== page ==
If Compliance were wholly fictional, it would be very difficult to take seriously. The fact that it is not only based on a true story but that there were over 60 similar incidents reported across 30 states in the US between 1995 and 2004 is jaw dropping. Having received a call from a man claiming to be a policeman, fast food restaurant manageress Sandra is informed that one of her staff members has been accused of stealing from a customer and that she must carry out a search. The situation gradually spirals, with Sandra and several of those she has enlisted to assist her all under the control of the caller and his assumed authority. Effective, claustrophobic storytelling.

Frankenweenie
Tim Burton returns to a short film he made thirty years ago in this family-friendly comedy horror about young boy Victor who brings his beloved dog Sparky back to life with a science experiment. Overtly drawing on and paying homage to Mary Shelley’s Frankenstein novel, this very sweet and at times touching tale also gives a nod to many of the great films and actors from the horror genre. It feels like Burton’s most personal film and is certainly a film that’s up there with his best. The voice cast includes Winona Ryder, Martin Landau, Martin Short, Catherine O’Hara. Frankenweenie is the first stop-motion feature to be filmed in both black and white and 3D, melding old technology with the new.

Ginger and Rosa
English director Sally Potter explores the political and the personal in this tale of two London teenage best friends (Elle Fanning, Alice Englert), coming of age against the background of the turbulent Cuban Missile Crisis. Both personally and politically it’s a time of chaos, confusion, a seemingly lack of control over one’s life and, of course, it’s a time of high (borderline melodramatic) emotions. This is also a time just before the swinging sixties and before women had the choices we have today. You can almost feel that societal change is on its way, if only Ginger and Rosa can reach out and grab it.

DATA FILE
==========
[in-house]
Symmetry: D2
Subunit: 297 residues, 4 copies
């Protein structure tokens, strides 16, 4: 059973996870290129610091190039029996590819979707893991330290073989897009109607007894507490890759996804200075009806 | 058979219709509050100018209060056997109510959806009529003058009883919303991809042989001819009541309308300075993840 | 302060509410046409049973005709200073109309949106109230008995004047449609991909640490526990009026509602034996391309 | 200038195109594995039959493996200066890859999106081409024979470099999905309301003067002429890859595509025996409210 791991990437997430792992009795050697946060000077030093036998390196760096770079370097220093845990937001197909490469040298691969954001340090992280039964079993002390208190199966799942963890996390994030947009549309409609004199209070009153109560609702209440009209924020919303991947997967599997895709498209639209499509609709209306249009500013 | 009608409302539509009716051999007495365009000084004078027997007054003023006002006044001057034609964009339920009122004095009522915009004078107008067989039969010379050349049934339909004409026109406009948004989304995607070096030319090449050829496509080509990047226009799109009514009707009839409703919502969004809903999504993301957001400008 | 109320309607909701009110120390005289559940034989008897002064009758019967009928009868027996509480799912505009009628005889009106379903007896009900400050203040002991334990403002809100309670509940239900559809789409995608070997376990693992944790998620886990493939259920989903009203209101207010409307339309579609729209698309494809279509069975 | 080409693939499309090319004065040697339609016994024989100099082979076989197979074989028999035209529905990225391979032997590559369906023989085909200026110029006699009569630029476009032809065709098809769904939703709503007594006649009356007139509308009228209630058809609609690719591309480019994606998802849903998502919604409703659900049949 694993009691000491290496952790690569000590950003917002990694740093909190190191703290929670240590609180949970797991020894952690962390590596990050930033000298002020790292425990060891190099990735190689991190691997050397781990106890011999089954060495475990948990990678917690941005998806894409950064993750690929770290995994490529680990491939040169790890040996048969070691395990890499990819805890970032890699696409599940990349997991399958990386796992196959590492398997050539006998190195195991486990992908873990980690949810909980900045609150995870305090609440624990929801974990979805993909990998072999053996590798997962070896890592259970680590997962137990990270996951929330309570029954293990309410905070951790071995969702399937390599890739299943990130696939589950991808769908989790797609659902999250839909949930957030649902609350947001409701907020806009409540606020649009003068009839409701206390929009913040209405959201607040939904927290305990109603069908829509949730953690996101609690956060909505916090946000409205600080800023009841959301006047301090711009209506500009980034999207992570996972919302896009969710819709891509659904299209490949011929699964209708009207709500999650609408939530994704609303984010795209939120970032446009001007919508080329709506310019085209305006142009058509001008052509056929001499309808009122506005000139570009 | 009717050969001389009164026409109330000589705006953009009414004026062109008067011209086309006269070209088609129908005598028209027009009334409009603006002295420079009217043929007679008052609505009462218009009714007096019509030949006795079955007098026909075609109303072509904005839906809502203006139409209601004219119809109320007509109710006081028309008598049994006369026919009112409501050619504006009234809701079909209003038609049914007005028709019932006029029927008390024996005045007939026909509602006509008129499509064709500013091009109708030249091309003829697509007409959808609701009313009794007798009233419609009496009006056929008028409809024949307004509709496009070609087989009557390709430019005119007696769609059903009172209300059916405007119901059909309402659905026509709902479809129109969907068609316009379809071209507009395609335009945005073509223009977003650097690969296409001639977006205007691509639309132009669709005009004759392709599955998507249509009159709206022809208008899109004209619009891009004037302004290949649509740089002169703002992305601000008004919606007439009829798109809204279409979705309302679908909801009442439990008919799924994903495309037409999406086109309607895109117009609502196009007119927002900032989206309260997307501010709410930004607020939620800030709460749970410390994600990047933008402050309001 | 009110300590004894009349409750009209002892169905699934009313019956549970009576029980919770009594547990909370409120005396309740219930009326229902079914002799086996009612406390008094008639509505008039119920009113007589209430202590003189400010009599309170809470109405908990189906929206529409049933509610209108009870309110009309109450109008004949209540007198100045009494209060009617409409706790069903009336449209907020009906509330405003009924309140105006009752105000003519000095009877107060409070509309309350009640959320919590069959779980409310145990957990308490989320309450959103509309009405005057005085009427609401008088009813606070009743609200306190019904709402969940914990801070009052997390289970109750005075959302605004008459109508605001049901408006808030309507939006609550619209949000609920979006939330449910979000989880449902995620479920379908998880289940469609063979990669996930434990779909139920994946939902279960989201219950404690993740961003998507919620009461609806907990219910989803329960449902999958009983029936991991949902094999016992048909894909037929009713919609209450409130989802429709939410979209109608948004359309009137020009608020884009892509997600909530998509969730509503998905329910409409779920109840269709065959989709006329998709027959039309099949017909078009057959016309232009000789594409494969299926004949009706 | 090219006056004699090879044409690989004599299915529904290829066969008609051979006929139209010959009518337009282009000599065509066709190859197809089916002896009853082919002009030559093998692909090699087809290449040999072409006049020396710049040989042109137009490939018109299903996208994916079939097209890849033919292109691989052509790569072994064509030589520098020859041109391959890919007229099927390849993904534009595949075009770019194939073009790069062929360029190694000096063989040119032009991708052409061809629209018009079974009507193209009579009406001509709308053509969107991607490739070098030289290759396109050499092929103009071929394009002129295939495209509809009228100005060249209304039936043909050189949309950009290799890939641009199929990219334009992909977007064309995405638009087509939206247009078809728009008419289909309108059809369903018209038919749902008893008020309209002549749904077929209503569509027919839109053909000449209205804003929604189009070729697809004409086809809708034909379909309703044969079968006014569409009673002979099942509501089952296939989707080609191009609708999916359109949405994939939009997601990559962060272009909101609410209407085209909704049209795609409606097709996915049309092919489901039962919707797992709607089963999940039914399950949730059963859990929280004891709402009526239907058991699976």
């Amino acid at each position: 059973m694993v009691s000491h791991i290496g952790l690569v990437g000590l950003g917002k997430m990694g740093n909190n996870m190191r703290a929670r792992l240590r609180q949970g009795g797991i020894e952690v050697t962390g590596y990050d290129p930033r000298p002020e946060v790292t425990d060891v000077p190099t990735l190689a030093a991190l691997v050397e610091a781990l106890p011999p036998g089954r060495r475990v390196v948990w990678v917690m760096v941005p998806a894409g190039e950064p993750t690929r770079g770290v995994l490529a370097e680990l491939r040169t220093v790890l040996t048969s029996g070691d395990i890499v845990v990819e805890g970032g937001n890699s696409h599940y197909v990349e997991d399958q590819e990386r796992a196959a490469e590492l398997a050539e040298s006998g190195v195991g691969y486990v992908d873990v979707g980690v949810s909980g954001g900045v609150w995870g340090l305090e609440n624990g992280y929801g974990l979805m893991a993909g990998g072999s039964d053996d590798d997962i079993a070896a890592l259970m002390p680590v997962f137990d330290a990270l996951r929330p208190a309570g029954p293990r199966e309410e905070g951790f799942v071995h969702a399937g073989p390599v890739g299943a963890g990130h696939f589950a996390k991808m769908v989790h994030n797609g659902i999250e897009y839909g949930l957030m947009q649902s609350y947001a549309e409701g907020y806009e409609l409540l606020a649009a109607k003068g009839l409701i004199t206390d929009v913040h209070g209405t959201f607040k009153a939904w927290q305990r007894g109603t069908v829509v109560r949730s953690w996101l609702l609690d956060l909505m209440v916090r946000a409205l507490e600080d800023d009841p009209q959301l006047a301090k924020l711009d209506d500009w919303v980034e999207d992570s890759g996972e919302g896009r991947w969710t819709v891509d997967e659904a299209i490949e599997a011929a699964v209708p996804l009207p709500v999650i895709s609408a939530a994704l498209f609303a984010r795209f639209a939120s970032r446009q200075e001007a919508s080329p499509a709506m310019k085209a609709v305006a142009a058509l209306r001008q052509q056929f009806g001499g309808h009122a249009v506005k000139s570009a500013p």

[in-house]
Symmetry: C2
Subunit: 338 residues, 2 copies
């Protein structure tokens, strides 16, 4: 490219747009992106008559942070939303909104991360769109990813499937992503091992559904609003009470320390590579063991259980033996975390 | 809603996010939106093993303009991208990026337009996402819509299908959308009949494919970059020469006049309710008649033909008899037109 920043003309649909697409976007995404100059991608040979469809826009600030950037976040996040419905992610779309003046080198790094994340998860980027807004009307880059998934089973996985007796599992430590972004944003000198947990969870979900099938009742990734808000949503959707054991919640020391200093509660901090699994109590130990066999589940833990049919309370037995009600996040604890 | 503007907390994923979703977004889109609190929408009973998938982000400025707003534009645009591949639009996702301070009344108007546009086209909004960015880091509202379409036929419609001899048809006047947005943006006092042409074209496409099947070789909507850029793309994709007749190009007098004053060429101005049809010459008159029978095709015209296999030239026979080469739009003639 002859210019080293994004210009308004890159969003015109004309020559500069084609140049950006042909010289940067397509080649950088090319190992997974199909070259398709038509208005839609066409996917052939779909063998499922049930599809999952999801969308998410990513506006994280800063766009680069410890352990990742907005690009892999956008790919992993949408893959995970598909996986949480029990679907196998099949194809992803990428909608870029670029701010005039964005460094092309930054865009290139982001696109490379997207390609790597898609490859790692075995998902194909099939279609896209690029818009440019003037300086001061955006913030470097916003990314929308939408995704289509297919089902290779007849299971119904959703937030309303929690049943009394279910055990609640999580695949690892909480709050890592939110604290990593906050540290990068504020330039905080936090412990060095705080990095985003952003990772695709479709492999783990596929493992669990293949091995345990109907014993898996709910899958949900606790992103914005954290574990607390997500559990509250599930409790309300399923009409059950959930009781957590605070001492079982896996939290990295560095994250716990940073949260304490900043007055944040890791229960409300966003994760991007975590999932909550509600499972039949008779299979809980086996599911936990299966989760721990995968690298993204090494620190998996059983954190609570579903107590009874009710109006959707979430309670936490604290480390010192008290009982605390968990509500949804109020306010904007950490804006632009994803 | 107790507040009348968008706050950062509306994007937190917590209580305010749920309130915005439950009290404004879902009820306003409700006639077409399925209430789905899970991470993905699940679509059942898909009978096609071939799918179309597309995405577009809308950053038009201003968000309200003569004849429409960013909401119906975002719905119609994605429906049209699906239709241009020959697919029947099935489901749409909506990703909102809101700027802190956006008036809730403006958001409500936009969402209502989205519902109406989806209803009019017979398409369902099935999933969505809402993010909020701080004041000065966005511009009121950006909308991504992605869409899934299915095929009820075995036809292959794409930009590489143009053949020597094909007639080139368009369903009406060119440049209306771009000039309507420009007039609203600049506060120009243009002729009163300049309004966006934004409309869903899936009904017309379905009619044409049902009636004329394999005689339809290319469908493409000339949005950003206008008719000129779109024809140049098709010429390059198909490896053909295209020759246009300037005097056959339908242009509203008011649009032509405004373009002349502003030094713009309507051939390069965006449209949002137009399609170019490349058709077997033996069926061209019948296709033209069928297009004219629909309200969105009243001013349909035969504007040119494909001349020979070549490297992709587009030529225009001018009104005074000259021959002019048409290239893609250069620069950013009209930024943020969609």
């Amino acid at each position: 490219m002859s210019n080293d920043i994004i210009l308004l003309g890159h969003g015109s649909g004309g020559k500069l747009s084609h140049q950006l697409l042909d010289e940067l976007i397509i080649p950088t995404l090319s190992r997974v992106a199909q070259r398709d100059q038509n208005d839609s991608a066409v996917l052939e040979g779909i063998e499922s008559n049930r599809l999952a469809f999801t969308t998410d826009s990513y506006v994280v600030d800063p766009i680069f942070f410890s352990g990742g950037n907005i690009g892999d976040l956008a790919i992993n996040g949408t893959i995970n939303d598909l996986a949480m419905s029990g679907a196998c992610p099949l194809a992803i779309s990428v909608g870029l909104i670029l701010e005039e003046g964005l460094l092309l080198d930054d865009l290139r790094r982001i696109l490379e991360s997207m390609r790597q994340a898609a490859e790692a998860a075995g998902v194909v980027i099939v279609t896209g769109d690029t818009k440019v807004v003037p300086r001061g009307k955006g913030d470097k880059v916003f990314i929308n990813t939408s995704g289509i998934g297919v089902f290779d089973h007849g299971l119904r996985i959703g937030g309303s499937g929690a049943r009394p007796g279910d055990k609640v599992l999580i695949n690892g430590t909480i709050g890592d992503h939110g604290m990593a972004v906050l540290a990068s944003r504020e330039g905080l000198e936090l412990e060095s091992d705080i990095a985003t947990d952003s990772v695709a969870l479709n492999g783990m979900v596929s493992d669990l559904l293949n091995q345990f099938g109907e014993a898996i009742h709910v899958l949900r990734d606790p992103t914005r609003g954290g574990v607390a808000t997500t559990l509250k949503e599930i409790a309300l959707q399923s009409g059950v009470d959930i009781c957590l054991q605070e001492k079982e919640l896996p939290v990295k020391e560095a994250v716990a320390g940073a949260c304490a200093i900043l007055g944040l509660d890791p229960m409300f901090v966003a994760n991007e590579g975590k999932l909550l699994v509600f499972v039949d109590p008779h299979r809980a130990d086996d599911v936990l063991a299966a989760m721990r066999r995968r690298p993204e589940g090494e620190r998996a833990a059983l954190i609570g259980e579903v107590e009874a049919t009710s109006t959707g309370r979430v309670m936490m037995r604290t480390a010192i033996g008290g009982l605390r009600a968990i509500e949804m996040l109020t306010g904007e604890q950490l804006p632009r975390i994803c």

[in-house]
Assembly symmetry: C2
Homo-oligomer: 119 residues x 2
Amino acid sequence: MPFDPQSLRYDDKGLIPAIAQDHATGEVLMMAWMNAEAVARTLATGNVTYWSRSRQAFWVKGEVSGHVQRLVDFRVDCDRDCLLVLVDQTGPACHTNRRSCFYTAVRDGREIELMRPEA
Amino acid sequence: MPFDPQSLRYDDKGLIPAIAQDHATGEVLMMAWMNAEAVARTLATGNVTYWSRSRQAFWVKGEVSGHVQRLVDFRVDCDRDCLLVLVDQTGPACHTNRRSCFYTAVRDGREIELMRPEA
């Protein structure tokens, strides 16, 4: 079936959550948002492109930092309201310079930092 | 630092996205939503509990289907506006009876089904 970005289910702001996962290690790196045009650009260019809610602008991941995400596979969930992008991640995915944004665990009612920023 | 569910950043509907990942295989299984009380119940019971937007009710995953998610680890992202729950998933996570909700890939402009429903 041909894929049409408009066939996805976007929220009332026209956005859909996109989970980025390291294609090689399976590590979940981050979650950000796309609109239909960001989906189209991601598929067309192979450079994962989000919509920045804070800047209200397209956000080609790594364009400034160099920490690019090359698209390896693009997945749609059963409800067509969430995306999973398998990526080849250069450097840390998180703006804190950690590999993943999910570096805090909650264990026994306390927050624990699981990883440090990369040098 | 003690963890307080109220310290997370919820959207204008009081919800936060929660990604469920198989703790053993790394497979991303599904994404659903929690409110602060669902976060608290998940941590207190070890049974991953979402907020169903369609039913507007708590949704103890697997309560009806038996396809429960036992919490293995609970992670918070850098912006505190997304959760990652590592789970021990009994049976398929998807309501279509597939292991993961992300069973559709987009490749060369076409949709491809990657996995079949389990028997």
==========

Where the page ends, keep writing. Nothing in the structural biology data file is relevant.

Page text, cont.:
The Hunt
A disturbing and superbly crafted film, Mads Mikkelsen plays divorced and lonely kindergarten teacher Lucas who is accused of sexually abusing one of his five-year-old students in Thomas Vinterberg’s Danish drama. The film opens with Lucas diving into freezing cold water and drinking with his mates, then through the course of the film shows how that community and mateship is shattered as Lucas becomes the target of mass hysteria and victim of mob mentality. Powerful, gripping and expertly done.

Rust and Bone
Marion Cotillard gives an Oscar-worthy performance as killer whale trainer Stéphanie, a fun-loving girl who loves hitting the dance floor as much as her job. She meets Ali (Matthias Schoenaerts), a struggling father and boxer who becomes one of her only friends when she suffers an horrific accident that leaves her wheelchair-bound. Although at times bleak and certainly violent, there’s tenderness too in this intensely emotional love story that avoids the usual clichés. The film saw director Jacques Audiard pick up Best Film at the LFF.

Seven Psychopaths
It's fairly futile trying to explain the plot of Seven Psychopaths, director Martin McDonagh's hugely enjoyable follow-up to In Bruges, which is fortunate since doing so would be tricky. Suffice to say that it involves screenwriter Marty (Colin Farrell) and his somewhat lacklustre efforts to write a script for a film entitled Seven Psychopaths (the title being pretty much all he has), aided by acquaintances Billy and Hans (brilliant turns from Sam Rockwell and Christopher Walken) who've got their own problems, having messed with the wrong dog owner (Woody Harrelson). As the seven psychopaths start to reveal themselves in Marty's real-life, dark hilarity and bloody carnage ensue. Great fun.

Reviewed by Kelly Griffin and Philip Goodfellow


Amour


Argo


Beasts of the Southern Wild

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Compliance


Frankenweenie


Ginger and Rosa


Rust and Bone


Seven Psychopaths